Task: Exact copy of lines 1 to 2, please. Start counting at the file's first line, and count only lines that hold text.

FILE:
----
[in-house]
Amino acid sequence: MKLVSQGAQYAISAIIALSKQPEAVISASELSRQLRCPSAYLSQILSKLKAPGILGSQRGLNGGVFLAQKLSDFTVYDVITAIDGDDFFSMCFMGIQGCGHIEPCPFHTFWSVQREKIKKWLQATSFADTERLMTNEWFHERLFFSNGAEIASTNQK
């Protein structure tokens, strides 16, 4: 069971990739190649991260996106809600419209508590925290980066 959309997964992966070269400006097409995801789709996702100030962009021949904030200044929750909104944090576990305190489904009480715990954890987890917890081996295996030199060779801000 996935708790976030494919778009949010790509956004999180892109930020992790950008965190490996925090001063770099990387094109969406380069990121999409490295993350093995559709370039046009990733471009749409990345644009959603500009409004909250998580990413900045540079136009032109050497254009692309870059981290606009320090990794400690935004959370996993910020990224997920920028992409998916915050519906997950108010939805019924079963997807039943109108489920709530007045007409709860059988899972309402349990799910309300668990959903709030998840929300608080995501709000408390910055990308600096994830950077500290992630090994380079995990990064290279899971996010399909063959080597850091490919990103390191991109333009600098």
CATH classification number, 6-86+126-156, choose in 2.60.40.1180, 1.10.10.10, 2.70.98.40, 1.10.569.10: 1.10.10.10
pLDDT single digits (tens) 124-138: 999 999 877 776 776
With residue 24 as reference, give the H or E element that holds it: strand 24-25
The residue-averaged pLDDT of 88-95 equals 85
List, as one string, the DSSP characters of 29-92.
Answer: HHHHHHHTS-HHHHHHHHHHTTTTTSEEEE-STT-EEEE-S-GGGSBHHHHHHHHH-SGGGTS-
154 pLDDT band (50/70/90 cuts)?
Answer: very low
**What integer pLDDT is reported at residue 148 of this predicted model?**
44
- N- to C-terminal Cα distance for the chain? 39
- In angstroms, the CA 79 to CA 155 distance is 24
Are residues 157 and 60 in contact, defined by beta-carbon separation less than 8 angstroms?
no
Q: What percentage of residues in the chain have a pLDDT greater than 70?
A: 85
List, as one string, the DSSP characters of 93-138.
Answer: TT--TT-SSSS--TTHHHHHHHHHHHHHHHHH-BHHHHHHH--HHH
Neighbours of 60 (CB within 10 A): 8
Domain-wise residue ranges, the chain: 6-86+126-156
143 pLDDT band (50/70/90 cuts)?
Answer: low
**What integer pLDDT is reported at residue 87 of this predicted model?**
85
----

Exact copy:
[in-house]
Amino acid sequence: MKLVSQGAQYAISAIIALSKQPEAVISASELSRQLRCPSAYLSQILSKLKAPGILGSQRGLNGGVFLAQKLSDFTVYDVITAIDGDDFFSMCFMGIQGCGHIEPCPFHTFWSVQREKIKKWLQATSFADTERLMTNEWFHERLFFSNGAEIASTNQK